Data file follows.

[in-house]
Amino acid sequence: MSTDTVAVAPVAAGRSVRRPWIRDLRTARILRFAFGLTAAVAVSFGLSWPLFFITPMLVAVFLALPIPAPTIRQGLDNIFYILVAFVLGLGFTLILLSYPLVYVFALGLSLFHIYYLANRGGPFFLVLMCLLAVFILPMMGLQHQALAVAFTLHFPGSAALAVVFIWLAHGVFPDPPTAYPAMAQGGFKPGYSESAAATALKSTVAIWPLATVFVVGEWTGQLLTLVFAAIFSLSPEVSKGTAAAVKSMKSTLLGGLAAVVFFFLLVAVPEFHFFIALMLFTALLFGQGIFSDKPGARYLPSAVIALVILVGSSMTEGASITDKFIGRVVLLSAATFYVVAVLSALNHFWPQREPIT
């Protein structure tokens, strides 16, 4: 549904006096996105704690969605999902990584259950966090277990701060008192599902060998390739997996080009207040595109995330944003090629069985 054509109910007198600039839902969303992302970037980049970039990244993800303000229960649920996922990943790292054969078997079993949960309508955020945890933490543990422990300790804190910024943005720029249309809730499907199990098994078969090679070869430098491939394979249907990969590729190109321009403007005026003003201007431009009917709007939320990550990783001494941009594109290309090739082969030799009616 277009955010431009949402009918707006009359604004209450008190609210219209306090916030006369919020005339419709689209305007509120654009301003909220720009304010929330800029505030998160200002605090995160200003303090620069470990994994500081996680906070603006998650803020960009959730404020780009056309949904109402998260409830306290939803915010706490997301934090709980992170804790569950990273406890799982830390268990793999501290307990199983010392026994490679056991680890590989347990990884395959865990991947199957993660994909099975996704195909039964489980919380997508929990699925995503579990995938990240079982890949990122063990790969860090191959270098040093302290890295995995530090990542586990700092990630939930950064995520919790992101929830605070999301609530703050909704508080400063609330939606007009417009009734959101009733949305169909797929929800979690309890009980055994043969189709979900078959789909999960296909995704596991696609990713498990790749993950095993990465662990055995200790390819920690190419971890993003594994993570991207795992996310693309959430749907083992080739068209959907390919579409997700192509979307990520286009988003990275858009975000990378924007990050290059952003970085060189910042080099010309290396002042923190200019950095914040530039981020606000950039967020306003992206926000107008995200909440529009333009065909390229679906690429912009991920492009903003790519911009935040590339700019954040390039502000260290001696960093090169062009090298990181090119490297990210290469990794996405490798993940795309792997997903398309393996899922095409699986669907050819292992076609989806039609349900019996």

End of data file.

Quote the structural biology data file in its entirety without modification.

[in-house]
Amino acid sequence: MSTDTVAVAPVAAGRSVRRPWIRDLRTARILRFAFGLTAAVAVSFGLSWPLFFITPMLVAVFLALPIPAPTIRQGLDNIFYILVAFVLGLGFTLILLSYPLVYVFALGLSLFHIYYLANRGGPFFLVLMCLLAVFILPMMGLQHQALAVAFTLHFPGSAALAVVFIWLAHGVFPDPPTAYPAMAQGGFKPGYSESAAATALKSTVAIWPLATVFVVGEWTGQLLTLVFAAIFSLSPEVSKGTAAAVKSMKSTLLGGLAAVVFFFLLVAVPEFHFFIALMLFTALLFGQGIFSDKPGARYLPSAVIALVILVGSSMTEGASITDKFIGRVVLLSAATFYVVAVLSALNHFWPQREPIT
């Protein structure tokens, strides 16, 4: 549904006096996105704690969605999902990584259950966090277990701060008192599902060998390739997996080009207040595109995330944003090629069985 054509109910007198600039839902969303992302970037980049970039990244993800303000229960649920996922990943790292054969078997079993949960309508955020945890933490543990422990300790804190910024943005720029249309809730499907199990098994078969090679070869430098491939394979249907990969590729190109321009403007005026003003201007431009009917709007939320990550990783001494941009594109290309090739082969030799009616 277009955010431009949402009918707006009359604004209450008190609210219209306090916030006369919020005339419709689209305007509120654009301003909220720009304010929330800029505030998160200002605090995160200003303090620069470990994994500081996680906070603006998650803020960009959730404020780009056309949904109402998260409830306290939803915010706490997301934090709980992170804790569950990273406890799982830390268990793999501290307990199983010392026994490679056991680890590989347990990884395959865990991947199957993660994909099975996704195909039964489980919380997508929990699925995503579990995938990240079982890949990122063990790969860090191959270098040093302290890295995995530090990542586990700092990630939930950064995520919790992101929830605070999301609530703050909704508080400063609330939606007009417009009734959101009733949305169909797929929800979690309890009980055994043969189709979900078959789909999960296909995704596991696609990713498990790749993950095993990465662990055995200790390819920690190419971890993003594994993570991207795992996310693309959430749907083992080739068209959907390919579409997700192509979307990520286009988003990275858009975000990378924007990050290059952003970085060189910042080099010309290396002042923190200019950095914040530039981020606000950039967020306003992206926000107008995200909440529009333009065909390229679906690429912009991920492009903003790519911009935040590339700019954040390039502000260290001696960093090169062009090298990181090119490297990210290469990794996405490798993940795309792997997903398309393996899922095409699986669907050819292992076609989806039609349900019996």